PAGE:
Darrell Wallace's win at Martinsville marked just the second time in this sports history that an African American won in one of NASCAR top series. The first was Wendall Scott back in 1963.

Scott’s story is nothing like that of Wallace. Scott endured the tumultuous 1950’s and 1960’s in a racially motivated south. It was a region of the country struggling to hold onto to its Confederate ideologies.

Peter Golenbock, author & sports journalist once said, “Wendell Scott was to NASCAR what Jackie Robinson was to baseball. The difference was that Robinson played in liberal Brooklyn and had the backing of Branch Rickey, and Scott raced in the segregated South and had . . . nobody.”

The civil rights battle was just gaining ground. Riots, murders and marches became the headlines.

Still, life moved on and Scott continued to run races and compete with equipment that was never even competitively close.  

He was spit at, called names, taunted and ridiculed. He never wavered and never gave up.

His win was a back story that day in Jacksonville, Florida. Scott never did physically receive the trophy. He died in 1990 but NASCAR finally awarded his family the trophy in 2010. 47 years too late for Scott to ever experience the joys of victory lane.

With the eyes of the world on the south during this time, an African American man kissing a white woman would sure set off the ticking time bomb that was on the cusp.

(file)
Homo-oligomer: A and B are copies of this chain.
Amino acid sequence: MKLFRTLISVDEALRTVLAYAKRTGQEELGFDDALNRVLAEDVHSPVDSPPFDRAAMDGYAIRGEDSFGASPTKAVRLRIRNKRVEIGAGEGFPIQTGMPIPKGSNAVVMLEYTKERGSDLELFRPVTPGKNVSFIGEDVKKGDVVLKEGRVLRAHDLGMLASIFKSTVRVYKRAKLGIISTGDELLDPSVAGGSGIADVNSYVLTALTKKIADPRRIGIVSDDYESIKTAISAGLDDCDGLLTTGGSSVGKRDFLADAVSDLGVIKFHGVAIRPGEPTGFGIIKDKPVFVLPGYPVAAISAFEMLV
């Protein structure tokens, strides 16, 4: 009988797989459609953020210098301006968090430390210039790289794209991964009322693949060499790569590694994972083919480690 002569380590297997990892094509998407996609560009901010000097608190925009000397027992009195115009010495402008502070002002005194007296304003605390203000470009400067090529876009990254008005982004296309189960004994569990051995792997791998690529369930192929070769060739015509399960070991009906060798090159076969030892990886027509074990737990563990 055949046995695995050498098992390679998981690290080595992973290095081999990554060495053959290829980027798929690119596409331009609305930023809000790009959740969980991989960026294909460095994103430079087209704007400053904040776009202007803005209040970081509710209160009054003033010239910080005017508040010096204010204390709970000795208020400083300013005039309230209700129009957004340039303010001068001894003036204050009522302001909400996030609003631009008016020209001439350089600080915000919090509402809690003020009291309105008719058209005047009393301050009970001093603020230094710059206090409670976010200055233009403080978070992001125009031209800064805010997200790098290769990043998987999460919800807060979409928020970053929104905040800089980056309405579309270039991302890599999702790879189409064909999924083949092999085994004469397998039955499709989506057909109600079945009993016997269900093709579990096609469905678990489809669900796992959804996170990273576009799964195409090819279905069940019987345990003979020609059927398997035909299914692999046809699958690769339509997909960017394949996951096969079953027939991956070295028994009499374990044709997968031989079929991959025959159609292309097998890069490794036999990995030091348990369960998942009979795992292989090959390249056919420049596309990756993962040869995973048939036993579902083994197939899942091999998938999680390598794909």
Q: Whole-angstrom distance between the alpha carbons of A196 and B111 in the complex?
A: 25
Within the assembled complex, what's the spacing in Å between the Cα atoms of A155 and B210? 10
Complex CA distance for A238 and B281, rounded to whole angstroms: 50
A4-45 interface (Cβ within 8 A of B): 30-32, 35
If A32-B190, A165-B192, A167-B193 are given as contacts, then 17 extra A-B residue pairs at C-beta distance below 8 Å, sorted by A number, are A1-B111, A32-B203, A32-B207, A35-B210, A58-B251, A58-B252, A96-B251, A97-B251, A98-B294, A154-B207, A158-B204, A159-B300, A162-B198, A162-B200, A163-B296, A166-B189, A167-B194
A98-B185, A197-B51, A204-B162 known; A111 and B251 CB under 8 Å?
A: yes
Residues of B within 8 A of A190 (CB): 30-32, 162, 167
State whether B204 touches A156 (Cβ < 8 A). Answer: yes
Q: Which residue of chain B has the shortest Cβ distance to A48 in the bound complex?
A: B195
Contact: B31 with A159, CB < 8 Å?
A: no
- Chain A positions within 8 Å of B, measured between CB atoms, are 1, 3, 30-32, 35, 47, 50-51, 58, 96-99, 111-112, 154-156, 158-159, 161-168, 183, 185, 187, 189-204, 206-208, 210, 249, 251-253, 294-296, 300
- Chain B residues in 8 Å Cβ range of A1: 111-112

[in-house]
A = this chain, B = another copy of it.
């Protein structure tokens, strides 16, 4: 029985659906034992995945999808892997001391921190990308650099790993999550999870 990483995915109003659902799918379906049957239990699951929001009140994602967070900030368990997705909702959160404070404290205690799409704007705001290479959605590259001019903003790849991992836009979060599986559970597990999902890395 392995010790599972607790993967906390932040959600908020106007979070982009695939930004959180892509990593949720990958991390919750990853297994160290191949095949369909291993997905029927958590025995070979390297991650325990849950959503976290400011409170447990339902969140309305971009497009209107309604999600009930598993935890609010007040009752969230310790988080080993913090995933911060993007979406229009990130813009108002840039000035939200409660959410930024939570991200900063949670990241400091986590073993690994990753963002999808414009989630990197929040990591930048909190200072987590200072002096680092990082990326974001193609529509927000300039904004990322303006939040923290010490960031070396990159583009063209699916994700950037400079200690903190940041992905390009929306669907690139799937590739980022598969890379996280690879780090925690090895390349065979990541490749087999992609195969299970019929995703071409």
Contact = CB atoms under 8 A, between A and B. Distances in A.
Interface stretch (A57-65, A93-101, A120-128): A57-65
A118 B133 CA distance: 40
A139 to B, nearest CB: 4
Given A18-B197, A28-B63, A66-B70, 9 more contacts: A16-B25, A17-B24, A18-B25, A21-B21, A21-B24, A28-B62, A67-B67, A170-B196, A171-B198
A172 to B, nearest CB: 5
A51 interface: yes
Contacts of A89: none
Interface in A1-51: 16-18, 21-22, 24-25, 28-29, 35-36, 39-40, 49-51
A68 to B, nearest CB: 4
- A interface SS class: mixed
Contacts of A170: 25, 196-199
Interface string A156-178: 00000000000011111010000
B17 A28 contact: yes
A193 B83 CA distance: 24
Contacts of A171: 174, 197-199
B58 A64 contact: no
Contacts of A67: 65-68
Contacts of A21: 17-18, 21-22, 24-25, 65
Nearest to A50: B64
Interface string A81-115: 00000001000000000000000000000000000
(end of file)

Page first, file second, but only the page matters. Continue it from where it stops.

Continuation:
Like Scott’s win, his career has never really received the credit it deserved. Scott was pioneer in this sport, paving the way for a guy like Wallace.

Wallace path to NASCAR goes directly through NASCAR’s Drive for Diversity program. Wallace became the first African American to win in the K&N series.

He started off racing go-karts and then late models. His family stretched every dollar, every penny they had so Wallace could race. If it wasn’t for Joe Gibbs and the Drive for Diversity program, Wallace might not have ever won a race in NASCAR; the money was running out.

While not at the same level or as contentious as Scott, Wallace was called names and racial slurs. He and his family never wavered and never gave up on Wallace’s dream.

Wallace carries the responsibility of Scott’s legacy with respect and pride. “It means everything,” Wallace said after he had time to digest what had happened. “This is an emotional win for me, especially to do it in Wendell Scott’s backyard.”

Yes, Scott lived just 30 miles from Martinsville in Danville, Va. In fact, take a trip and you could see the truck he used to drive to the track along with his shop where he worked on his cars.

It is a far cry from the million dollar shops, technologies and resources that helped lead Wallace to victory lane.

The progress for minorities has been stunted over the years by lack of money, sponsorship and opportunities.

Even with Wallace’s win the work though is far from done in NASCAR when it comes to diversity on the track. Wallace was just one of hundreds of drivers battling; working and striving to one day find themselves in victory lane.

Wallace’s win should be celebrated. It is an achievement for this sport and for Wallace. The work though is far from over. "It's for the better and trying to change the sport. I'm all in for that. Just carrying the torch that Wendell Scott laid down for us and taking it farther. That's the biggest thing I'm trying to do.”

Until we see other drivers from other diverse backgrounds on a weekly basis the past still haunts its future.

For one sunny Saturday afternoon, Wallace shook some of NASCAR’s greatest demons and found himself in victory lane.

The first of many for one of NASCAR rising stars who looks to continue to rewrite the history books one race, one victory at a time.

For more information on NASCAR Drive for Diversity program click here.

Thanks to USA Today and http://www.wendellscott.org/  for the quotes.